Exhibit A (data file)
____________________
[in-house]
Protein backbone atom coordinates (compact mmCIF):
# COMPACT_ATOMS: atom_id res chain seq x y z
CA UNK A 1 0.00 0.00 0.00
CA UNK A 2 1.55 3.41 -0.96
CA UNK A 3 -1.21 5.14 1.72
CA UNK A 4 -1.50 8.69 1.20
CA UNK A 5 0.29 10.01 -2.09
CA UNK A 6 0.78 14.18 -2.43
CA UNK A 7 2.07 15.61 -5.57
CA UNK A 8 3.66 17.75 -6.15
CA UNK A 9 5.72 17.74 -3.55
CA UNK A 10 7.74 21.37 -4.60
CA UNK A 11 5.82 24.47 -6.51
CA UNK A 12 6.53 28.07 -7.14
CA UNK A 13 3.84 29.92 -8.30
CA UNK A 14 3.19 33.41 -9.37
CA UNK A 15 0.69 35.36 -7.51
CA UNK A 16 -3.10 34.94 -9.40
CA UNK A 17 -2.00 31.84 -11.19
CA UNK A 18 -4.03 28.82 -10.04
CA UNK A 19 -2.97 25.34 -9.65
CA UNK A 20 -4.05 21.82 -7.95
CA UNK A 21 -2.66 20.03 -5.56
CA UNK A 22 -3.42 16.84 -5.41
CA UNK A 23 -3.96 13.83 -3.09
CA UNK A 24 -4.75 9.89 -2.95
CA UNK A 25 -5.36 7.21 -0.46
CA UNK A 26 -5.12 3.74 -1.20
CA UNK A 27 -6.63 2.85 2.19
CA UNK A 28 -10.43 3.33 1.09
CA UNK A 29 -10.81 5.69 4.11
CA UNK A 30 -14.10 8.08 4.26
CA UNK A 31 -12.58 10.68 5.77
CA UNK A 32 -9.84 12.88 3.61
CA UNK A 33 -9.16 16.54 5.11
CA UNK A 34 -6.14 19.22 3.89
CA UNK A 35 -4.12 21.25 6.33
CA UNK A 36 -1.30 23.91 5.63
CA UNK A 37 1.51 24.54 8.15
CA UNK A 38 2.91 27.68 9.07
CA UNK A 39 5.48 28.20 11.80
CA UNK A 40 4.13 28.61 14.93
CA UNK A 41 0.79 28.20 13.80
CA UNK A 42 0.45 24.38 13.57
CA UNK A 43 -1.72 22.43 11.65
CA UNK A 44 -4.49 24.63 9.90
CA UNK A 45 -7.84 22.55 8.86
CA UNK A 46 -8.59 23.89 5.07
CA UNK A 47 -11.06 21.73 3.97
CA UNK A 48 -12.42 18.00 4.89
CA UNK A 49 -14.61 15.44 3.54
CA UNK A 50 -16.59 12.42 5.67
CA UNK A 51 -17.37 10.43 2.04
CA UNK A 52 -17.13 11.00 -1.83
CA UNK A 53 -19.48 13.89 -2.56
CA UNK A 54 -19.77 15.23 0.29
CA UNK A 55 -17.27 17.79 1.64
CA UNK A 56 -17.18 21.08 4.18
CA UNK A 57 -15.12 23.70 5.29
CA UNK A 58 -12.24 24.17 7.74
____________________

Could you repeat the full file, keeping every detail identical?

[in-house]
Protein backbone atom coordinates (compact mmCIF):
# COMPACT_ATOMS: atom_id res chain seq x y z
CA UNK A 1 0.00 0.00 0.00
CA UNK A 2 1.55 3.41 -0.96
CA UNK A 3 -1.21 5.14 1.72
CA UNK A 4 -1.50 8.69 1.20
CA UNK A 5 0.29 10.01 -2.09
CA UNK A 6 0.78 14.18 -2.43
CA UNK A 7 2.07 15.61 -5.57
CA UNK A 8 3.66 17.75 -6.15
CA UNK A 9 5.72 17.74 -3.55
CA UNK A 10 7.74 21.37 -4.60
CA UNK A 11 5.82 24.47 -6.51
CA UNK A 12 6.53 28.07 -7.14
CA UNK A 13 3.84 29.92 -8.30
CA UNK A 14 3.19 33.41 -9.37
CA UNK A 15 0.69 35.36 -7.51
CA UNK A 16 -3.10 34.94 -9.40
CA UNK A 17 -2.00 31.84 -11.19
CA UNK A 18 -4.03 28.82 -10.04
CA UNK A 19 -2.97 25.34 -9.65
CA UNK A 20 -4.05 21.82 -7.95
CA UNK A 21 -2.66 20.03 -5.56
CA UNK A 22 -3.42 16.84 -5.41
CA UNK A 23 -3.96 13.83 -3.09
CA UNK A 24 -4.75 9.89 -2.95
CA UNK A 25 -5.36 7.21 -0.46
CA UNK A 26 -5.12 3.74 -1.20
CA UNK A 27 -6.63 2.85 2.19
CA UNK A 28 -10.43 3.33 1.09
CA UNK A 29 -10.81 5.69 4.11
CA UNK A 30 -14.10 8.08 4.26
CA UNK A 31 -12.58 10.68 5.77
CA UNK A 32 -9.84 12.88 3.61
CA UNK A 33 -9.16 16.54 5.11
CA UNK A 34 -6.14 19.22 3.89
CA UNK A 35 -4.12 21.25 6.33
CA UNK A 36 -1.30 23.91 5.63
CA UNK A 37 1.51 24.54 8.15
CA UNK A 38 2.91 27.68 9.07
CA UNK A 39 5.48 28.20 11.80
CA UNK A 40 4.13 28.61 14.93
CA UNK A 41 0.79 28.20 13.80
CA UNK A 42 0.45 24.38 13.57
CA UNK A 43 -1.72 22.43 11.65
CA UNK A 44 -4.49 24.63 9.90
CA UNK A 45 -7.84 22.55 8.86
CA UNK A 46 -8.59 23.89 5.07
CA UNK A 47 -11.06 21.73 3.97
CA UNK A 48 -12.42 18.00 4.89
CA UNK A 49 -14.61 15.44 3.54
CA UNK A 50 -16.59 12.42 5.67
CA UNK A 51 -17.37 10.43 2.04
CA UNK A 52 -17.13 11.00 -1.83
CA UNK A 53 -19.48 13.89 -2.56
CA UNK A 54 -19.77 15.23 0.29
CA UNK A 55 -17.27 17.79 1.64
CA UNK A 56 -17.18 21.08 4.18
CA UNK A 57 -15.12 23.70 5.29
CA UNK A 58 -12.24 24.17 7.74